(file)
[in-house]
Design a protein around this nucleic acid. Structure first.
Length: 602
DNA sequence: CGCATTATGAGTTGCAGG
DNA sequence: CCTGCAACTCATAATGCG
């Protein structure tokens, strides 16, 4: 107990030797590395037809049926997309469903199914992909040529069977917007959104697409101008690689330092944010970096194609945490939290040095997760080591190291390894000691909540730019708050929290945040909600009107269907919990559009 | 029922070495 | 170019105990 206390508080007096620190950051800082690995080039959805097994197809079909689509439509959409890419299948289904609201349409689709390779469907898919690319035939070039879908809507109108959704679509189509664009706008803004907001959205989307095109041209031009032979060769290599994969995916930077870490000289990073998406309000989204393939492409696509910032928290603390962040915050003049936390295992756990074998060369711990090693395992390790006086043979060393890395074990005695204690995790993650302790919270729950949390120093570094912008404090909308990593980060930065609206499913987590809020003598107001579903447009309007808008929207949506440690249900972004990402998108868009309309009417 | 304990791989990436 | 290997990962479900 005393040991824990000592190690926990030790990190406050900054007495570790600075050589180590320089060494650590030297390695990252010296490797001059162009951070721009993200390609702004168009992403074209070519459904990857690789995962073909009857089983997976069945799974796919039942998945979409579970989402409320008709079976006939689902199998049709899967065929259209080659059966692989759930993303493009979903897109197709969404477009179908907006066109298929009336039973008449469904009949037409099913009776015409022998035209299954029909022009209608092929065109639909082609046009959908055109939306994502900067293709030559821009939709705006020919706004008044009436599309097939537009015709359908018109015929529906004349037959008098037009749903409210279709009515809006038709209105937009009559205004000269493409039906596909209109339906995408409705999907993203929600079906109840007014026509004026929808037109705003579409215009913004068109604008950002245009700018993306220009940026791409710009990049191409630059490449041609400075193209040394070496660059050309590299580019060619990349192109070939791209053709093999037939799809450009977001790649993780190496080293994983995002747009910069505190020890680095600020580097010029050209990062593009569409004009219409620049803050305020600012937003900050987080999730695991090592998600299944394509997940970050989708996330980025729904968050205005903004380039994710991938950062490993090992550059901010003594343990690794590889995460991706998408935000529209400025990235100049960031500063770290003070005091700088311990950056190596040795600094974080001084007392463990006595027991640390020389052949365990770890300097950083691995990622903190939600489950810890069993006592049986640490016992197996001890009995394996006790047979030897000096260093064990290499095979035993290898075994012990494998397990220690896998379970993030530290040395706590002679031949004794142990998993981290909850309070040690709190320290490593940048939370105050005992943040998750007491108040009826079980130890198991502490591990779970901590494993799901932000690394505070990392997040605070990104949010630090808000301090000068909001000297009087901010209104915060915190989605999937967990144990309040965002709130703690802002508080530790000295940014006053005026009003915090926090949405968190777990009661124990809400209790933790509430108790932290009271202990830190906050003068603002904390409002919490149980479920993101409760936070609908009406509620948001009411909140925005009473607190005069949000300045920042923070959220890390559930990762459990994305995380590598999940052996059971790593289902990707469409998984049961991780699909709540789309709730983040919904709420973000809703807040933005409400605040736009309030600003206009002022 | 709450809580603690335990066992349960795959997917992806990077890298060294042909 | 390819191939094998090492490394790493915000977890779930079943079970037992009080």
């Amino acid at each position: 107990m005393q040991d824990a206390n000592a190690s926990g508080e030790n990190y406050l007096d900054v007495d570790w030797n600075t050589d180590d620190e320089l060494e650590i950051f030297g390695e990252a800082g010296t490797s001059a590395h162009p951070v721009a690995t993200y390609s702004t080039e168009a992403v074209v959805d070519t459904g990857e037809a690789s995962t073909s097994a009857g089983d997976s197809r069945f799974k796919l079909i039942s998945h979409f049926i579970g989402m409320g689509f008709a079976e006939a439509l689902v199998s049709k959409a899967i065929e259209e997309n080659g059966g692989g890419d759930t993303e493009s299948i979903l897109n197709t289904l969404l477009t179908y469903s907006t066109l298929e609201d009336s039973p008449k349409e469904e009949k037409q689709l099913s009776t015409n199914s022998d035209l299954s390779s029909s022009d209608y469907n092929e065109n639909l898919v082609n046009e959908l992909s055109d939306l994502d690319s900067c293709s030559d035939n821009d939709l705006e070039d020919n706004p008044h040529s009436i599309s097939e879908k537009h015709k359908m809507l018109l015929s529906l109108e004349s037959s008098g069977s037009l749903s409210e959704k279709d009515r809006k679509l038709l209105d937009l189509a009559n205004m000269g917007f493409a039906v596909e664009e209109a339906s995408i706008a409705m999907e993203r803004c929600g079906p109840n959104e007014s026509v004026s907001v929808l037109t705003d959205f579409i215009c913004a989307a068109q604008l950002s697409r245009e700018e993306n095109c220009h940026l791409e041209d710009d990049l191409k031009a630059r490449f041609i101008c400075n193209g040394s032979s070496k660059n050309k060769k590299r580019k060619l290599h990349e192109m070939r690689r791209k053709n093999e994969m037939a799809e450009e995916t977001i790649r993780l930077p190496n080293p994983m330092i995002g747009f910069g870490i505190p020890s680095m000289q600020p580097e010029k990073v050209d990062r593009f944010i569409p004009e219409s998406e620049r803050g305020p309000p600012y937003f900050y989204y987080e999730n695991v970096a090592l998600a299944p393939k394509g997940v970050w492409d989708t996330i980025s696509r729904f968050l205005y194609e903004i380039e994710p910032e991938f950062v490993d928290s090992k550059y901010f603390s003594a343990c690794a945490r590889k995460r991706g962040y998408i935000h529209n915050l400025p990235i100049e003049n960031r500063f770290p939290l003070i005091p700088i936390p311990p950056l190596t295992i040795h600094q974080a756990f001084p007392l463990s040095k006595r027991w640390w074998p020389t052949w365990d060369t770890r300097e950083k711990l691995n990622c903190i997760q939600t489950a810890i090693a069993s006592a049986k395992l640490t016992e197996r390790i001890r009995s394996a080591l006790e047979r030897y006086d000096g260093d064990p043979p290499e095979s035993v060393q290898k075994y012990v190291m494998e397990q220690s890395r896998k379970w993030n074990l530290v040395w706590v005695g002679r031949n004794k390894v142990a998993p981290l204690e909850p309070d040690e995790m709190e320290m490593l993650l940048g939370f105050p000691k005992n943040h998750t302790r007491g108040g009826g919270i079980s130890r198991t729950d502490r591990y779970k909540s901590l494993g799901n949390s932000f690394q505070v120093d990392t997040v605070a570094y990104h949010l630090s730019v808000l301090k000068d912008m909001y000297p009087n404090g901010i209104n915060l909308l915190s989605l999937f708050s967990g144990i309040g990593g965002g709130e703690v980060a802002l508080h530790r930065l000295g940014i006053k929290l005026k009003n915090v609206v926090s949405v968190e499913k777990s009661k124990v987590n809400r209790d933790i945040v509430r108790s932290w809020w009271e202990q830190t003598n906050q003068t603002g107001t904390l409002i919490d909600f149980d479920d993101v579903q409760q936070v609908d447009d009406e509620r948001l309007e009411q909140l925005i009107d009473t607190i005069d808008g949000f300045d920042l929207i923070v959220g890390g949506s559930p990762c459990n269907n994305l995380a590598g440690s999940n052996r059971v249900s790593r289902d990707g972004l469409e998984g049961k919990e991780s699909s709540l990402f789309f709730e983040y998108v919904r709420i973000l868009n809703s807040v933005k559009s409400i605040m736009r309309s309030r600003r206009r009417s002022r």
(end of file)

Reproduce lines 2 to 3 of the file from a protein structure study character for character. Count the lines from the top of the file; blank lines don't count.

Design a protein around this nucleic acid. Structure first.
Length: 602